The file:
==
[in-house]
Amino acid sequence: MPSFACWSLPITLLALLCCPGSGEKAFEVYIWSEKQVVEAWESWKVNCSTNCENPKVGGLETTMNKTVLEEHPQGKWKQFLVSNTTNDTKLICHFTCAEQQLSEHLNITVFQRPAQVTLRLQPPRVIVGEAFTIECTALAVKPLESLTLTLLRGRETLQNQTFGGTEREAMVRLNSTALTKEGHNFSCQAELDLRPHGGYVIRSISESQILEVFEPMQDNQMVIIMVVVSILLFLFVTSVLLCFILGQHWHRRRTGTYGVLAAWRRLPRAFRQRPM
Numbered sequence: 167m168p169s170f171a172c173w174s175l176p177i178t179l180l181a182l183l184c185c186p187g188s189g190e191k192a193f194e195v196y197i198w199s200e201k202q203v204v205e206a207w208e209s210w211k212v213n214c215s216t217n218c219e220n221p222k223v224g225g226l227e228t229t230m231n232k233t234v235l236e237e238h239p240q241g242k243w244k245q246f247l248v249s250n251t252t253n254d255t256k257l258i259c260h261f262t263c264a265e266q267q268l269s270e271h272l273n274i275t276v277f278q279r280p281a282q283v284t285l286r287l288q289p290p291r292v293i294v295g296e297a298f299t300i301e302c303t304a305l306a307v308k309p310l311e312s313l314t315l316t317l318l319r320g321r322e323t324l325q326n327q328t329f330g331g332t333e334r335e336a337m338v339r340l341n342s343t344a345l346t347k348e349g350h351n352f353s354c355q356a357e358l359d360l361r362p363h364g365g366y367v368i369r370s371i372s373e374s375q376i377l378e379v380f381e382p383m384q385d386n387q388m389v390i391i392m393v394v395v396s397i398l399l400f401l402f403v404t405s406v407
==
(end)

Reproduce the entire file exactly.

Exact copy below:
[in-house]
Amino acid sequence: MPSFACWSLPITLLALLCCPGSGEKAFEVYIWSEKQVVEAWESWKVNCSTNCENPKVGGLETTMNKTVLEEHPQGKWKQFLVSNTTNDTKLICHFTCAEQQLSEHLNITVFQRPAQVTLRLQPPRVIVGEAFTIECTALAVKPLESLTLTLLRGRETLQNQTFGGTEREAMVRLNSTALTKEGHNFSCQAELDLRPHGGYVIRSISESQILEVFEPMQDNQMVIIMVVVSILLFLFVTSVLLCFILGQHWHRRRTGTYGVLAAWRRLPRAFRQRPM
Numbered sequence: 167m168p169s170f171a172c173w174s175l176p177i178t179l180l181a182l183l184c185c186p187g188s189g190e191k192a193f194e195v196y197i198w199s200e201k202q203v204v205e206a207w208e209s210w211k212v213n214c215s216t217n218c219e220n221p222k223v224g225g226l227e228t229t230m231n232k233t234v235l236e237e238h239p240q241g242k243w244k245q246f247l248v249s250n251t252t253n254d255t256k257l258i259c260h261f262t263c264a265e266q267q268l269s270e271h272l273n274i275t276v277f278q279r280p281a282q283v284t285l286r287l288q289p290p291r292v293i294v295g296e297a298f299t300i301e302c303t304a305l306a307v308k309p310l311e312s313l314t315l316t317l318l319r320g321r322e323t324l325q326n327q328t329f330g331g332t333e334r335e336a337m338v339r340l341n342s343t344a345l346t347k348e349g350h351n352f353s354c355q356a357e358l359d360l361r362p363h364g365g366y367v368i369r370s371i372s373e374s375q376i377l378e379v380f381e382p383m384q385d386n387q388m389v390i391i392m393v394v395v396s397i398l399l400f401l402f403v404t405s406v407